At the border I was asked to fill up a form, answer a few questions, directed to different lanes to apply and pay for my Armenian visa on arrival. As I watched the queues get shorter I imagined myself being turned back to Georgia, left stranded or worse still locked up in a mountain cell and deported for having visited enemy country Azerbaijan.

As it turned out the immigration officers in oversized soviet peak caps spoke little English but were cordial, relaxed and unfussy.

I got my visa, walked quickly into Armenia and was elated to see Varo waiting for me. He had stayed behind to lead me back to our van parked some meters away beyond a row of minivans, buses and cars.

In the van we chatted about Armenia’s tourist attractions with Tsovinar, a  skinny smiling girl with black boyish hair. She worked as a hiking guide and enthusiastically pointed out Lake Sevan to me from our car window. Tsovinar and I were the last persons to be dropped off when we finally arrived near the city centre. Knowing that I arrived with no local currency, she gave me when we parted company a one thousand Armenian Drams (RM10) note for a taxi to my hotel.

At a Yerevan metro station late that afternoon I turned to a young woman behind me for help in buying a train ticket. Shoghakat was a lecturer at the American University. She offered to pay for my ride, walked me to her favourite restaurant and then decided to skip her evening ballet class to join me for my first meal in Armenia.

These acts of kindness and countless others I encountered convinced me that Armenia is truly a very special country. I began to understand what Shoghakat meant when she told me: ‘ that Armenia still exists is proof that God exists’. It is a country that in every sense, the world very nearly lost.

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Present day Armenia is a small shrunken country of three million people located in the uplands and mountains east of Turkey and north of Iran.

You could almost place Armenia in Europe . The people speak an isolated  branch of Indo-European language, pray in thousand-year old churches, and produce award winning cognac, ballet and opera music. The capital city Yerevan is a proud and pensive post-soviet city of pink brick buildings, bust plaques and chess-played park benches.

Armenia is a beautiful and antique land with a recorded history going back over 3,500 years. It is also the world’s first Christian country. It looks western on the outside, but Armenia’s deep soul belongs not in Europe but further east. Anyone who cares to delve into the country’s real roots will discover that Hayastan ( the name Armenia calls itself ) is a true blue Middle East nation. As a political and cultural entity,  Armenia was once upon a time ten times bigger than its present size and exerted influences far beyond its borders.

Conquered by Byzantium, Arabs and later divided up between the Persians and Turks, Armenia had by the 16th century lost most of its power and freedom. As an indigenous nation of the Near East, Armenia at the beginning of the 20th century nearly went the way of Parthia, Hittite and Assyria, vanquished and vanished forever from our wall map of the world. Of this sad period after the First World War, Churchill was to write: ‘history will search in vain for the word “Armenia”‘.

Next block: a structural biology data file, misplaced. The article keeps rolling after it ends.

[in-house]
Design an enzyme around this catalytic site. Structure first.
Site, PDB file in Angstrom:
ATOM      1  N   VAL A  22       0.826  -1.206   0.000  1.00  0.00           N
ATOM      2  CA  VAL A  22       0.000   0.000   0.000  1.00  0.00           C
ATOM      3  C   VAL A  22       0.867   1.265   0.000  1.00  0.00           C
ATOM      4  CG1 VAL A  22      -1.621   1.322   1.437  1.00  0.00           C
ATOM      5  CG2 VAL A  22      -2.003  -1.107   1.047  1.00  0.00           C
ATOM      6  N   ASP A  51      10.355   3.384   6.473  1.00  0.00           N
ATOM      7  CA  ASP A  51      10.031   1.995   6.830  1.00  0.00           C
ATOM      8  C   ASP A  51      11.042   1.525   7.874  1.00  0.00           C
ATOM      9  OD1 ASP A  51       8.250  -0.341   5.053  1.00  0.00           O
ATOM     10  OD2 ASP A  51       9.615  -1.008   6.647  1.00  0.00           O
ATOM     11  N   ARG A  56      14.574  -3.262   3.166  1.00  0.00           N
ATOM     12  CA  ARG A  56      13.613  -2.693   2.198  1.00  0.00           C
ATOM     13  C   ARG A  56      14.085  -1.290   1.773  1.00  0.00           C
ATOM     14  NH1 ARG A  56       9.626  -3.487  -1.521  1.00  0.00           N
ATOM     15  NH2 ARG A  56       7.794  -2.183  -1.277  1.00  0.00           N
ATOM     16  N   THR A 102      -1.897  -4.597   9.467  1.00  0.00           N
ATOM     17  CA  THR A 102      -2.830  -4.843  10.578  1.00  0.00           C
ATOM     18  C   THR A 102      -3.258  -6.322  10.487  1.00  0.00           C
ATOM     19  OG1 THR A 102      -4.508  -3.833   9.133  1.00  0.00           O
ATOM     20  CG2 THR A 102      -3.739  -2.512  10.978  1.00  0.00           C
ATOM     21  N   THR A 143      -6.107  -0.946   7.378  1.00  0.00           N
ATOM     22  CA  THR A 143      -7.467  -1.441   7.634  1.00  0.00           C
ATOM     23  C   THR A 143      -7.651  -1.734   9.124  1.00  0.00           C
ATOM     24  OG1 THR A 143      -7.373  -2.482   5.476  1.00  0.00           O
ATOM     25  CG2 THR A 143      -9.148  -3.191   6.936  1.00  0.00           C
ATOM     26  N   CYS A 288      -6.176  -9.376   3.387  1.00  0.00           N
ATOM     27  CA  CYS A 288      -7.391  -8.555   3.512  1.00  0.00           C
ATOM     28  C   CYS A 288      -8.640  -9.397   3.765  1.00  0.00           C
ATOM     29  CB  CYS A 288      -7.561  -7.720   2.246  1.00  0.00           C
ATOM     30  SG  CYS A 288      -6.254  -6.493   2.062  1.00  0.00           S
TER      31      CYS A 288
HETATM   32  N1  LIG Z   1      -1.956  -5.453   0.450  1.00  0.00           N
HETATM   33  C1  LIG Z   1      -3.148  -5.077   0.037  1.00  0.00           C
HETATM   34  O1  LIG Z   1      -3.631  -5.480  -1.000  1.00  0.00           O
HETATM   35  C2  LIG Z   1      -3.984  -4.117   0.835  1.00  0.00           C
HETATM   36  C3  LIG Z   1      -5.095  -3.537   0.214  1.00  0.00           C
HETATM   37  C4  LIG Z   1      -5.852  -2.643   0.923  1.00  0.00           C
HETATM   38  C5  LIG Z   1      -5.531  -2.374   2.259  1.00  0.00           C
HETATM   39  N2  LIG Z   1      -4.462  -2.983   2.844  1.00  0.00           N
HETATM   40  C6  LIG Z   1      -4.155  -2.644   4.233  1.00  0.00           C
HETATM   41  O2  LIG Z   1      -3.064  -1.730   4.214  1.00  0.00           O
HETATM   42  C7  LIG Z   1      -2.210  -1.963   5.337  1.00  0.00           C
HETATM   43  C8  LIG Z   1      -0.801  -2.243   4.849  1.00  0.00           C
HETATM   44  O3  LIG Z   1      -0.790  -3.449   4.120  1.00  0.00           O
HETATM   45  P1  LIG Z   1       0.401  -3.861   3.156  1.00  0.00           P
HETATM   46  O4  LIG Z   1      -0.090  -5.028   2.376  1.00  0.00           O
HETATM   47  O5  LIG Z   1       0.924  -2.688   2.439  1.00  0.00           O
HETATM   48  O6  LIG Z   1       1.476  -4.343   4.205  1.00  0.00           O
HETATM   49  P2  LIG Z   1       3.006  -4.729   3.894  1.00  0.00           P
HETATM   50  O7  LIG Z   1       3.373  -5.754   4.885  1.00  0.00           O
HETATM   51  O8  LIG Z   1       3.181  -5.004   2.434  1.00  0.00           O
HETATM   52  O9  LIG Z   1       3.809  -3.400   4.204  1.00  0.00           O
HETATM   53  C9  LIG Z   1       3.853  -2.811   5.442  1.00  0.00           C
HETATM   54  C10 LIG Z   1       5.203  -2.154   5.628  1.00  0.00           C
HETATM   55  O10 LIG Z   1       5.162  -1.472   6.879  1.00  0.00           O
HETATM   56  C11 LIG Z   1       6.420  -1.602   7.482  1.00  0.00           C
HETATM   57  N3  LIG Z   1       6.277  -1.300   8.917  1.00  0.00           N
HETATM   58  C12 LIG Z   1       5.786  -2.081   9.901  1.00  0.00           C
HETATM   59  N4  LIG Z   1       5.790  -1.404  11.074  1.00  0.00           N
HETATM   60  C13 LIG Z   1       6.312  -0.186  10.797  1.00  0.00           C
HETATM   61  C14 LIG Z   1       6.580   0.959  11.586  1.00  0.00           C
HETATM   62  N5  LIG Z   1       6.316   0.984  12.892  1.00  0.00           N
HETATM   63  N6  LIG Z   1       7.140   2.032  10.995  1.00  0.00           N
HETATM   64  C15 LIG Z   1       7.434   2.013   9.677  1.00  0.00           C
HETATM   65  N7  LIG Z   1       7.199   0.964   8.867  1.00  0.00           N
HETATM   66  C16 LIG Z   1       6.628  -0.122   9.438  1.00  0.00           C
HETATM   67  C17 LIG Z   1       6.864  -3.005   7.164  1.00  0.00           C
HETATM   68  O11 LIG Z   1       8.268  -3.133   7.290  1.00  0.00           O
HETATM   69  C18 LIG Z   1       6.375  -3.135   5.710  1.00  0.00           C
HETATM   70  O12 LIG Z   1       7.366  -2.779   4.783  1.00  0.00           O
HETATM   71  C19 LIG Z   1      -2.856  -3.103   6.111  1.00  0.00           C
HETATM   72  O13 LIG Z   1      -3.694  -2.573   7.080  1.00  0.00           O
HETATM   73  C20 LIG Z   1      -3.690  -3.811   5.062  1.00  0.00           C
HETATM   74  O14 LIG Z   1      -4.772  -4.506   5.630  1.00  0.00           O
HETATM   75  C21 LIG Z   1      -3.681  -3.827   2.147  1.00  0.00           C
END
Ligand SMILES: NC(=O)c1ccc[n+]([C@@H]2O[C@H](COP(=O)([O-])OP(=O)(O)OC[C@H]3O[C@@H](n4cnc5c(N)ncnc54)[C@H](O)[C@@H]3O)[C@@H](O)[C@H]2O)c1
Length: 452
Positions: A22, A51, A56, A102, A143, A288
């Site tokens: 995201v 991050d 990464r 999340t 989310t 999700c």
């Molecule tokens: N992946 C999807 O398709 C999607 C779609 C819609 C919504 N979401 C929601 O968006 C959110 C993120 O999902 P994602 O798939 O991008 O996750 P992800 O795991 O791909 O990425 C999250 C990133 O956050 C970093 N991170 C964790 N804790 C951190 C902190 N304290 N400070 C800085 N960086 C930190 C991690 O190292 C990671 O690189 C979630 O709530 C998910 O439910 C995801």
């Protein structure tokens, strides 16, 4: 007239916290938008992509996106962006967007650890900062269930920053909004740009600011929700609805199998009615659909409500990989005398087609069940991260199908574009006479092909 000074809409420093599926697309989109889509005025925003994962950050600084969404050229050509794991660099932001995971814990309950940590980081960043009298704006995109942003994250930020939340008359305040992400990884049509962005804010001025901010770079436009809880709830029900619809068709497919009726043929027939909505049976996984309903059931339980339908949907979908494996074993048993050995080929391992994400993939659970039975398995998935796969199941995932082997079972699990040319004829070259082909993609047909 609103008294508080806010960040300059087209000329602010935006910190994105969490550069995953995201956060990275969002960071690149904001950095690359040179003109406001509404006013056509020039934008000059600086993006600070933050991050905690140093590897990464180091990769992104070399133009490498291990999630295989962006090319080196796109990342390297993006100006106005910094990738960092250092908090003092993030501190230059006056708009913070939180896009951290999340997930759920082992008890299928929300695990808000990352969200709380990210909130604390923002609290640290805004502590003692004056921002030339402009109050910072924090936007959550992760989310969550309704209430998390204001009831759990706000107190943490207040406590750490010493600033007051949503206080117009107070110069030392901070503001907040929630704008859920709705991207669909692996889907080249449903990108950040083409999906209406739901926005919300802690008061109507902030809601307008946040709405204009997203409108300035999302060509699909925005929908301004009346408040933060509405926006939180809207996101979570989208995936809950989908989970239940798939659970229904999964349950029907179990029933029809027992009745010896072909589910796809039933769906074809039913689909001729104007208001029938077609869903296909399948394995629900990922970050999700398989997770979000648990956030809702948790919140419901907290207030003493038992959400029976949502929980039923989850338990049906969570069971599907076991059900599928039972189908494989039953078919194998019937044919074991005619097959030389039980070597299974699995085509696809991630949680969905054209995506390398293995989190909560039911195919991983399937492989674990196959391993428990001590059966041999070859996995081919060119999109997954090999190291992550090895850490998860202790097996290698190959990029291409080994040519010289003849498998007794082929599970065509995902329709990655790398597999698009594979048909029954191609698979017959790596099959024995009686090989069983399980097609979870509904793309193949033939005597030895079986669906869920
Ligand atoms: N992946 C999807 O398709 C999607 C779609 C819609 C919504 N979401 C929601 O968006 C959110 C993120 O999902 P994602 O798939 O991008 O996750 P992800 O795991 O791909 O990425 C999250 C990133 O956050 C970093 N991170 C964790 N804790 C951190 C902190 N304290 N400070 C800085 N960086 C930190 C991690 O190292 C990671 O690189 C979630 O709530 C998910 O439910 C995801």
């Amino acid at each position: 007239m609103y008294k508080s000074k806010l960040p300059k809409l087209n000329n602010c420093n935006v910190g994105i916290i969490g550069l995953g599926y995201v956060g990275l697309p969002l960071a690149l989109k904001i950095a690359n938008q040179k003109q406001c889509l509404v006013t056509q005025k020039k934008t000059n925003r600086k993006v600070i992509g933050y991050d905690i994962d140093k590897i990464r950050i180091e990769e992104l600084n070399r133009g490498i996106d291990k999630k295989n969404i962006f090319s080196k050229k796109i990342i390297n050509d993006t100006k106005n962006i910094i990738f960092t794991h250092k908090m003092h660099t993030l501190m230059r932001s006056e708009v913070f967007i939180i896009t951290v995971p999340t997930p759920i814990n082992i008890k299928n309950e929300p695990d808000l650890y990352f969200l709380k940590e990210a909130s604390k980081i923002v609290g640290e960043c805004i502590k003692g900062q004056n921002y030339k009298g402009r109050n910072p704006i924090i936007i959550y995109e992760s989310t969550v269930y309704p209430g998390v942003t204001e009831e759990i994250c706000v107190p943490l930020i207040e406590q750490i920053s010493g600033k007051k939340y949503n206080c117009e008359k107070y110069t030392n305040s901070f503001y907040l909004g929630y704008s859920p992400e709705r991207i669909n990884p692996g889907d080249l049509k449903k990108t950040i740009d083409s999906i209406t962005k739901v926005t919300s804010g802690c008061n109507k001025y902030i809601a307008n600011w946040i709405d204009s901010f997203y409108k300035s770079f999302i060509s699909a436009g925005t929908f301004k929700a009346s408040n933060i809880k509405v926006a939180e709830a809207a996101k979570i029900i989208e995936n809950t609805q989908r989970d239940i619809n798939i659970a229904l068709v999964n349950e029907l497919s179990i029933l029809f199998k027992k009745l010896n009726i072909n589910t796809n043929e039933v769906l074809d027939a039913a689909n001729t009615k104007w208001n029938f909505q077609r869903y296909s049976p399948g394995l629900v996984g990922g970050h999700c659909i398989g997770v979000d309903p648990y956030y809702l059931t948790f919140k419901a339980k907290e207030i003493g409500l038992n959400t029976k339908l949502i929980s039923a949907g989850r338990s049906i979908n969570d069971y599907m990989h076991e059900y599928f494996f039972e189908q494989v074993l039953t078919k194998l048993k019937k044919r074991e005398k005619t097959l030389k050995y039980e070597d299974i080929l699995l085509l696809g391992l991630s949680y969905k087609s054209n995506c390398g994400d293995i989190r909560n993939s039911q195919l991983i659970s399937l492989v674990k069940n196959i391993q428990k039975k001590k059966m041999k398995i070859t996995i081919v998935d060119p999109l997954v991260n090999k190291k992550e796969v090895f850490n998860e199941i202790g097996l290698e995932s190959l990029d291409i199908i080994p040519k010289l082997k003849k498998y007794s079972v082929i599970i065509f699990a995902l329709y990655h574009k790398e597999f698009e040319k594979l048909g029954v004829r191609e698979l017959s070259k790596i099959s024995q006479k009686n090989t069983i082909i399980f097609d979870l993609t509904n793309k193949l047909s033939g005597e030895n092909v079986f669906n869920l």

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By convention and its very name, the Middle East is a place of crossings and collisions . The area is the birth place of not just some of the world’s great civilisations, monotheistic beliefs and writing scripts but is also the spawning ground for much of its absolutism, intolerance and religious violence.

In a region that continues to witness unspeakable and horrible mass murders for gold, girls, and (sadly) God, the extirpation by Turkey of its Armenian and other christian subjects by deportation and killing 101 years ago is a crime with no accused but merely broad charges. It is a subject that ignites anger and brings back excruciating memories of the more than one million men, mothers and children hacked to pieces by swords or left to starve and sear to death in the Syrian sands.

I have no wish to offend any country’s preferred version of history, but to attempt to tell the story of modern day Armenia without mentioning the Genocide is like explaining wine by just talking about the bottles but not the grapes.

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Photographs and text copyright Kerk Boon Leng 2017

 

 

 

jewel in kraków

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Kraków (or Cracow) is a real European Jewel.

For centuries Kraków was Poland’s most important city –  a  place of artists, scholars and kings. Its magnificent town square, atmospheric cobbled-stone streets, ancient buildings and medieval castle on a hill replete with stories of a resident dragon are stuff on which Gothic fantasies are dreamt up.

Kraków is also a lucky city. It could easily have ended up after the Second World War like Warsaw, Poznan and Gdansk – Polish cities that were vandalised, mutilated and destroyed either by the Nazi occupiers on their way out or the Soviet invaders on their way in.